Intel Windows 8 tablets to hit retail stores in November

Windows 8 should available by November when Intel-based devices hit retail stores.

Intel 'Clover Trail' Atom Z2760-based Windows 8 tablet.
Intel 'Clover Trail' Atom Z2760-based Windows 8 tablet. Brooke Crothers

The first wave of Intel-based Windows 8 tablets are expected to land in retail stores in November, a source familiar with device makers' plans told CNET.

"The schedule is tight," said the source. "Looking at what Windows is trying to achieve not only with a new OS, but a new OS that needs to run four to five architectures -- three ARM, Intel, and AMD," according to the source.

And don't expect just tablets. "More than 50 percent" of the "more than a dozen" designs will be hybrids, aka convertibles, the source said. Those designs combine aspects of a traditional physical keyboard-based laptop and tablet.

Intel-specified tablet/hybrid features.
Intel-specified tablet/hybrid features. Intel

All the devices described by the source will tap Intel's upcoming "Clover Trail" Atom chip. Clover Trail is Intel's first dual-core Atom design based on its 32-nanometer process technology. (The single core version of this chip powers a phone from India-based Lava and is slated for phones from Lenovo, Orange, and Motorola, among others.)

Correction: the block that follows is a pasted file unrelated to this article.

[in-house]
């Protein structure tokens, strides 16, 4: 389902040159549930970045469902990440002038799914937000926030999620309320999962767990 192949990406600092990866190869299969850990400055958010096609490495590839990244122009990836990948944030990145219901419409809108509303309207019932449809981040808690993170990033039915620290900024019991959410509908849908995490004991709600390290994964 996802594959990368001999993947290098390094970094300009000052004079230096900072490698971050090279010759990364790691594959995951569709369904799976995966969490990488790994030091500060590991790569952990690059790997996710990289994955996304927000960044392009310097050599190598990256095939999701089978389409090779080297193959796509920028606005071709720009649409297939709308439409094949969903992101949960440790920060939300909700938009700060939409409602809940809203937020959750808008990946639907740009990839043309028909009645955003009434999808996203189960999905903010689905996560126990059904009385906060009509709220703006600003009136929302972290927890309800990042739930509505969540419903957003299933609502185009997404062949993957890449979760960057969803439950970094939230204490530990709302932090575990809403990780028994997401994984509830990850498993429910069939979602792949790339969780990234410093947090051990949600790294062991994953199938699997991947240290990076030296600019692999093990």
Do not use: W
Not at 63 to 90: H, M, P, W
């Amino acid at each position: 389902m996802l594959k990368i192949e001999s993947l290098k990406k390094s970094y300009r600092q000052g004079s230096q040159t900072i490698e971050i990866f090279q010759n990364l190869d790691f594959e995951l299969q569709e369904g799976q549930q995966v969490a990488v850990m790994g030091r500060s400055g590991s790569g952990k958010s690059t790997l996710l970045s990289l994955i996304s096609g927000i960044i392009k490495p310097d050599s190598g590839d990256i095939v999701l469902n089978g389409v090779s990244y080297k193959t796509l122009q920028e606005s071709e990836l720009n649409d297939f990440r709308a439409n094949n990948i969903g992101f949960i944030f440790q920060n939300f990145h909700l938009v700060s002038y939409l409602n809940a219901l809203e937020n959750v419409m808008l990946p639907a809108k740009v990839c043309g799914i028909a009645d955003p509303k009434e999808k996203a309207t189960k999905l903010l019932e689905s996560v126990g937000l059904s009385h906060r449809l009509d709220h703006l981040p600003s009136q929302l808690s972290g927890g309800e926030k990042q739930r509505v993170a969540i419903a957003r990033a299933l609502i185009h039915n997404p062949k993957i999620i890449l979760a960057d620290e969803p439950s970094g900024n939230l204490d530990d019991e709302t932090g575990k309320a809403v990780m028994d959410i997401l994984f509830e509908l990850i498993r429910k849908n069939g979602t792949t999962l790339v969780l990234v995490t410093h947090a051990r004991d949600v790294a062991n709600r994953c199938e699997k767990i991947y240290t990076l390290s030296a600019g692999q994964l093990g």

Hybrid Windows 8 designs based on the higher-performance Ivy Bridge processor are also expected but the source did not address that market segment specifically.

Windows 8, like Windows 7 before it, will be powered by chips from Intel and Advanced Micro Devices and will be able to run older, so-called "legacy" applications.

A separate release from Microsoft, Windows RT, will land on devices powered by ARM chip suppliers Nvidia, Qualcomm, and Texas Instruments. RT will not run older Windows applications.

The sources added that Intel has a chip called "Bay Trail" in the works -- the company's future 22-nanometer follow-up to Clover Trail.

"It is a gigantic performer, with similar battery life to Clover Trail. It will also have a lot of security features built in and Infineon [3G/4G] silicon inside," the source said.

Bay Trail would use Intel's own graphics tech, not Imagination's.

When that chip will arrive isn't clear yet.

About the author

Brooke Crothers writes about mobile computer systems, including laptops, tablets, smartphones: how they define the computing experience and the hardware that makes them tick. He has served as an editor at large at CNET News and a contributing reporter to The New York Times' Bits and Technology sections. His interest in things small began when living in Tokyo in a very small apartment for a very long time.

 

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